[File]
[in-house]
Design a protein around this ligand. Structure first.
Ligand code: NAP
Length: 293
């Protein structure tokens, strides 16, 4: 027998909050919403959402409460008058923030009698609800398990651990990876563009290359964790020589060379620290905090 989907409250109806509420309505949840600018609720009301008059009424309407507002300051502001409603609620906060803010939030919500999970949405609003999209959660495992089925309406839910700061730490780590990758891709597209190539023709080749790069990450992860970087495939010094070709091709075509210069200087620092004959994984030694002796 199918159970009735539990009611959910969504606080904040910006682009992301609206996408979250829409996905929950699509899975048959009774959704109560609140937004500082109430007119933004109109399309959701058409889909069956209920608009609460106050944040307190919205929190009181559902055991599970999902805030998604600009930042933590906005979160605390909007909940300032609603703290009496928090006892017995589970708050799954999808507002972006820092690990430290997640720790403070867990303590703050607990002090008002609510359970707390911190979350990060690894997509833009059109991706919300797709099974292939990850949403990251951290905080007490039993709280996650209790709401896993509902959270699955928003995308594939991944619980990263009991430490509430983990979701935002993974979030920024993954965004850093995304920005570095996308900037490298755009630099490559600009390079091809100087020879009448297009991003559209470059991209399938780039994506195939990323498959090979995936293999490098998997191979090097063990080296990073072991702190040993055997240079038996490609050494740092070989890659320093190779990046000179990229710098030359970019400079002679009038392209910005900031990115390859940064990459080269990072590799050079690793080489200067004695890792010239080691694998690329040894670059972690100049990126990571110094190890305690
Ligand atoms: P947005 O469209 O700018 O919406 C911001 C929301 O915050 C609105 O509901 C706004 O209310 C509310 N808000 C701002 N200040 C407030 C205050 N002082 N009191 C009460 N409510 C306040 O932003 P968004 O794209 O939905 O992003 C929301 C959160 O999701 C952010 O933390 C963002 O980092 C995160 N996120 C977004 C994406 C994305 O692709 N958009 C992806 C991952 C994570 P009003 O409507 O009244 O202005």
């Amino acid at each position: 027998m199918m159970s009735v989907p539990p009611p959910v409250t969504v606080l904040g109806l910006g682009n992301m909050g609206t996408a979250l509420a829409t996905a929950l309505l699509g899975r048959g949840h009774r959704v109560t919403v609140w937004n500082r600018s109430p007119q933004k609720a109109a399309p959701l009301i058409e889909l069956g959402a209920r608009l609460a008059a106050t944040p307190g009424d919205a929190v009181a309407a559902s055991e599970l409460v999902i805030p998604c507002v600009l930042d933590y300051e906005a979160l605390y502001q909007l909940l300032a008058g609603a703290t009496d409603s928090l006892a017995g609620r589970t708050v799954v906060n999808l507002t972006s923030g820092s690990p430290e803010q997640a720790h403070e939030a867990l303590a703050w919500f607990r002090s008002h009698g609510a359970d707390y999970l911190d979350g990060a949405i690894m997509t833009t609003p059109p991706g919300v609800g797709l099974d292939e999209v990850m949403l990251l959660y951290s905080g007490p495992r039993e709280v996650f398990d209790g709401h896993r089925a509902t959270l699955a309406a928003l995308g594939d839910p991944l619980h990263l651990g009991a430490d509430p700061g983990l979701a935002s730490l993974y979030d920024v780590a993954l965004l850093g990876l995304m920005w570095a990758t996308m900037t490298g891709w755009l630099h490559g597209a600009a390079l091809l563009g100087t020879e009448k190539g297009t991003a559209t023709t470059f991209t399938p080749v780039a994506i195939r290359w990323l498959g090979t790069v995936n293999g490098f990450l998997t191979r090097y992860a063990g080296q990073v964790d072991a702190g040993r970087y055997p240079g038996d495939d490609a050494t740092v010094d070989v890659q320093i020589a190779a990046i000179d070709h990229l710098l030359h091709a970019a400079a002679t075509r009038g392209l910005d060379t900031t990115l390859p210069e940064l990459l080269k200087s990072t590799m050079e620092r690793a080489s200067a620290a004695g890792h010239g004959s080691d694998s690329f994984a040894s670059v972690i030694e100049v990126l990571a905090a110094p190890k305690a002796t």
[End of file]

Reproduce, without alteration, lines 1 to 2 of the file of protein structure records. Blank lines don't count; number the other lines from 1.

[in-house]
Design a protein around this ligand. Structure first.